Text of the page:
Since this seems to be a common request for a more detailed reciple (since I really hardly gave anything out on this post), I shall be posting this online. Enjoy 🙂
Buy the following ingredients
4 kilos of fresh water fish
2 kilos of masarap na rice – we use jasmine
The only rule my mom kept reiterating to me throughout the whole conversation was everything should be kept clean, otherwise, it might ruin the fermenting process.
The fish can be any fresh water fish, though we use at home is tilapia, since it is cheap and readily available too. My mom said you can use mudfish also. We use the small to medium sized tilapia, and we come out with around 12 pieces of fish for the 4 kilos.
Clean the fish thoroughly and slice it daing style. You can have this done wherever you buy it, but we prefer to do it at home. Less cross contamination with other germs. If you are unable to find the smaller fish, you may opt to remove the middle bone of the fish, and even the head. We don’t do this, but you can if you want to.
Drain the fish properly, we lay them flat on the colander or the cookie cooling rack with a tray underneath. After this has drained, salt it like when you make daing, enough to season thoroughly. Then, allow the water to drain again. You may do this in the refrigerator to keep bugs away.
Cook the 2 kilos of rice, but not malata. Just cook it properly.
Allow the rice to cool on a tray and ensure that no flies set on the rice. Once it’s cold, season the rice with rock salt like when you make sinangag.
Using a container like a Tupperware or something with airtight lids, do layer the rice and fish.
Put one layer of rice, about an inch, and ensure that the bottom is completely covered by the rice, and squish it to compress the rice. You may use a sandok or another utensil to compress it properly, just please make sure it’s clean. Follow this by the fish. Usually, we have two pieces of fish per layer, but if the size of the fish makes it difficult to arrange the pieces, you may cut the butterflied fish into two so you can manipulate the pieces better. Squish again, and with every layer you put into it, ensuring that you end the layers with the rice.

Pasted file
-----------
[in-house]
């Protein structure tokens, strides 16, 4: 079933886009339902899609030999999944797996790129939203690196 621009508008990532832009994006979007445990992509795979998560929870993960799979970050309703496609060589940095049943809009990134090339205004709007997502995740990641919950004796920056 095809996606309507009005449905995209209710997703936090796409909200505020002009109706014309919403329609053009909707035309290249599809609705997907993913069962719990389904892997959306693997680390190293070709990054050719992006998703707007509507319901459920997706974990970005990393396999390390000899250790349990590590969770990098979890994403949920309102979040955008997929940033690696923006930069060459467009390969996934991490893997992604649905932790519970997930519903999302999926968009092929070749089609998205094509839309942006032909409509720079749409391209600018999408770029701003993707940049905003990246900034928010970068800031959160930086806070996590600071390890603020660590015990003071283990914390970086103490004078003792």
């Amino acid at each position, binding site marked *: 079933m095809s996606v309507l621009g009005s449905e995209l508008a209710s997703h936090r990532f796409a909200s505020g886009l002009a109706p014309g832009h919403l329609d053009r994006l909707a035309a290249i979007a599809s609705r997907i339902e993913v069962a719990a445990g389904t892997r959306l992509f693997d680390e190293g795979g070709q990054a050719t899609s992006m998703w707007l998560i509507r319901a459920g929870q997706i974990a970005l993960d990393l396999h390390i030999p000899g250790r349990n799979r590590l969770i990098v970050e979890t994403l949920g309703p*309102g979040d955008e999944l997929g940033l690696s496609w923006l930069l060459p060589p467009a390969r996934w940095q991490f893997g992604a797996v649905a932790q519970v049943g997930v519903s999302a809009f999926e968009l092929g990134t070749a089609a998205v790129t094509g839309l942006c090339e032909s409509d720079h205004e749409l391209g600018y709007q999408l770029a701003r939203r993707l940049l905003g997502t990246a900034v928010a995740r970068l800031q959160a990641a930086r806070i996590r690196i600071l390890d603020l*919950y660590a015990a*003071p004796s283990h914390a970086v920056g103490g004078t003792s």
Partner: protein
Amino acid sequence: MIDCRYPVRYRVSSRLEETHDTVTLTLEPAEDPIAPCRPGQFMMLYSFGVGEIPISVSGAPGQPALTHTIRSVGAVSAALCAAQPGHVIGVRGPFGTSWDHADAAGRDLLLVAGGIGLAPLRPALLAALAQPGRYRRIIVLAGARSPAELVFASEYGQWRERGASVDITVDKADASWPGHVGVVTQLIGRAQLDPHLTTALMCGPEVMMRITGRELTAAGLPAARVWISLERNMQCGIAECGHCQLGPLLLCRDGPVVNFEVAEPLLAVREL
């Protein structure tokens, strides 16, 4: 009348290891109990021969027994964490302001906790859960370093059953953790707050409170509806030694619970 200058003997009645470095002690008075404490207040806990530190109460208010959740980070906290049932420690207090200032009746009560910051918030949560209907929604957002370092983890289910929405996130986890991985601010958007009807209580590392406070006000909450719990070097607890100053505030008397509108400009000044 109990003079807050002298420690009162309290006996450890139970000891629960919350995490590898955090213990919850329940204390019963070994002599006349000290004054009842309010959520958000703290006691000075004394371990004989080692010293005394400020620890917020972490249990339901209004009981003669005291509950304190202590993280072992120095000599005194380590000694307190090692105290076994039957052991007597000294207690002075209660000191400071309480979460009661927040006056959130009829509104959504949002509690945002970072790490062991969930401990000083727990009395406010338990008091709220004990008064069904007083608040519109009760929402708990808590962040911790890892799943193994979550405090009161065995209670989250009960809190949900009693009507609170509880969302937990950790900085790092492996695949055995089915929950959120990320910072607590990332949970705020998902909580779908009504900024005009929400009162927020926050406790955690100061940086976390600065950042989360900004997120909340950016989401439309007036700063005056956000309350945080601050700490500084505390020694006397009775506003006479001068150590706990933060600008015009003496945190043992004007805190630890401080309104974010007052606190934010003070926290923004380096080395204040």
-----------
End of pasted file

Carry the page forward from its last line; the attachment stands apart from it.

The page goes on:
The container you use should be almost full, with just an inch of air from the rice to the cover. Close tightly and set aside.
Preparation and Cooking
The buro will be fermented for a total of 8 to 10 days. It depends on the sourness level you want. We sauté by the 8th day.
Every 3rd day since the buro was made, open it and squish the items down even further. Note that this will really smell like it’s fermenting. Every time we make it, I still am a bit turned off by the smell of the buro (but I do love it) whenever my senses are not ready for it.
On the 8th day, prepare lots of garlic, onions and ginger with the ginger around double in volume of either garlic and onions. Also, have on hand lots of oil, we use canola, but any vegetable oil will do. There should be enough oil in the pan when you’re cooking it that some oil are floating on top.
Saute the aromatics, followed by the buro. If you left the bones in, you may have to remove some of the bones that did not soften enough to eat. This will take a while to cook through, but be patient and keep it on low fire. Mix it around every few minutes to cook it through and so it wouldn’t burn. Taste. You may need to salt it more or add msg. Cool, then refrigerate.
We just reheat enough to eat for one time 🙂
My mom tells me also that before, the fermenting would take around a month, but that would use copious amounts of salt to preserve everything, which would make the buro too salty, but the long fermentation ensures that the bones, head and every part of the fish disintegrates into the buro.